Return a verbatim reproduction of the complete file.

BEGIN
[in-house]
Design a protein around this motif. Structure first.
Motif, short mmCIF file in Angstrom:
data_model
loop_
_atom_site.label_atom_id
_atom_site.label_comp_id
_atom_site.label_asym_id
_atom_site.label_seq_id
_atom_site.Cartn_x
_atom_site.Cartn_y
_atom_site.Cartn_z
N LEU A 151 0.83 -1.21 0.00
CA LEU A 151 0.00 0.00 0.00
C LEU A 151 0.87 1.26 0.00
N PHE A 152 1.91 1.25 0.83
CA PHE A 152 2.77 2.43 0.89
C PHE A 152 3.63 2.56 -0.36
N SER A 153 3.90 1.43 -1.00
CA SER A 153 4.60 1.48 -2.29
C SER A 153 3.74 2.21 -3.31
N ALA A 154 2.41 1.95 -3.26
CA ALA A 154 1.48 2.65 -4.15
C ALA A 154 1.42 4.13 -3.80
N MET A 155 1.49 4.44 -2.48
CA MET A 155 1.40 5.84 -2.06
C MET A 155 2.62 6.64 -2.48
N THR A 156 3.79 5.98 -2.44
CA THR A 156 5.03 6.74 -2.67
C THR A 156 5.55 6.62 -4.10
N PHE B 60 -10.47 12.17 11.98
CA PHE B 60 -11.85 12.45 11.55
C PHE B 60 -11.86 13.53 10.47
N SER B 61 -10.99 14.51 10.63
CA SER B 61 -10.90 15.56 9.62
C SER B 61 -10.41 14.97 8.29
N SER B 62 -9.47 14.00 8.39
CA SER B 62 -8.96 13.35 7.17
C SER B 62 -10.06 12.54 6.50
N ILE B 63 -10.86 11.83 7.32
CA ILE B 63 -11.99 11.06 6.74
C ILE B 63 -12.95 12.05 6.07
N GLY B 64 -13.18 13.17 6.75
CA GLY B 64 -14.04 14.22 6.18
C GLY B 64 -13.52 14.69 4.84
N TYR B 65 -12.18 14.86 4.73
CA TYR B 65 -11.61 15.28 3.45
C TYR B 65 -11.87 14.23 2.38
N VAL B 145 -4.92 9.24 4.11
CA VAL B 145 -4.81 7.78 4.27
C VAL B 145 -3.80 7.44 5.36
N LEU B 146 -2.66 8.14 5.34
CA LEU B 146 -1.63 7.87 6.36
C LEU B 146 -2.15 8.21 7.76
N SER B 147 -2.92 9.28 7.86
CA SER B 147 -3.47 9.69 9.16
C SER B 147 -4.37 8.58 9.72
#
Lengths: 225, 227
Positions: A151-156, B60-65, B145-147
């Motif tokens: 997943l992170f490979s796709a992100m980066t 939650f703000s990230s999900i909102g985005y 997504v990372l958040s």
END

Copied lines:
[in-house]
Design a protein around this motif. Structure first.
Motif, short mmCIF file in Angstrom:
data_model
loop_
_atom_site.label_atom_id
_atom_site.label_comp_id
_atom_site.label_asym_id
_atom_site.label_seq_id
_atom_site.Cartn_x
_atom_site.Cartn_y
_atom_site.Cartn_z
N LEU A 151 0.83 -1.21 0.00
CA LEU A 151 0.00 0.00 0.00
C LEU A 151 0.87 1.26 0.00
N PHE A 152 1.91 1.25 0.83
CA PHE A 152 2.77 2.43 0.89
C PHE A 152 3.63 2.56 -0.36
N SER A 153 3.90 1.43 -1.00
CA SER A 153 4.60 1.48 -2.29
C SER A 153 3.74 2.21 -3.31
N ALA A 154 2.41 1.95 -3.26
CA ALA A 154 1.48 2.65 -4.15
C ALA A 154 1.42 4.13 -3.80
N MET A 155 1.49 4.44 -2.48
CA MET A 155 1.40 5.84 -2.06
C MET A 155 2.62 6.64 -2.48
N THR A 156 3.79 5.98 -2.44
CA THR A 156 5.03 6.74 -2.67
C THR A 156 5.55 6.62 -4.10
N PHE B 60 -10.47 12.17 11.98
CA PHE B 60 -11.85 12.45 11.55
C PHE B 60 -11.86 13.53 10.47
N SER B 61 -10.99 14.51 10.63
CA SER B 61 -10.90 15.56 9.62
C SER B 61 -10.41 14.97 8.29
N SER B 62 -9.47 14.00 8.39
CA SER B 62 -8.96 13.35 7.17
C SER B 62 -10.06 12.54 6.50
N ILE B 63 -10.86 11.83 7.32
CA ILE B 63 -11.99 11.06 6.74
C ILE B 63 -12.95 12.05 6.07
N GLY B 64 -13.18 13.17 6.75
CA GLY B 64 -14.04 14.22 6.18
C GLY B 64 -13.52 14.69 4.84
N TYR B 65 -12.18 14.86 4.73
CA TYR B 65 -11.61 15.28 3.45
C TYR B 65 -11.87 14.23 2.38
N VAL B 145 -4.92 9.24 4.11
CA VAL B 145 -4.81 7.78 4.27
C VAL B 145 -3.80 7.44 5.36
N LEU B 146 -2.66 8.14 5.34
CA LEU B 146 -1.63 7.87 6.36
C LEU B 146 -2.15 8.21 7.76
N SER B 147 -2.92 9.28 7.86
CA SER B 147 -3.47 9.69 9.16
C SER B 147 -4.37 8.58 9.72
#
Lengths: 225, 227
Positions: A151-156, B60-65, B145-147
């Motif tokens: 997943l992170f490979s796709a992100m980066t 939650f703000s990230s999900i909102g985005y 997504v990372l958040s």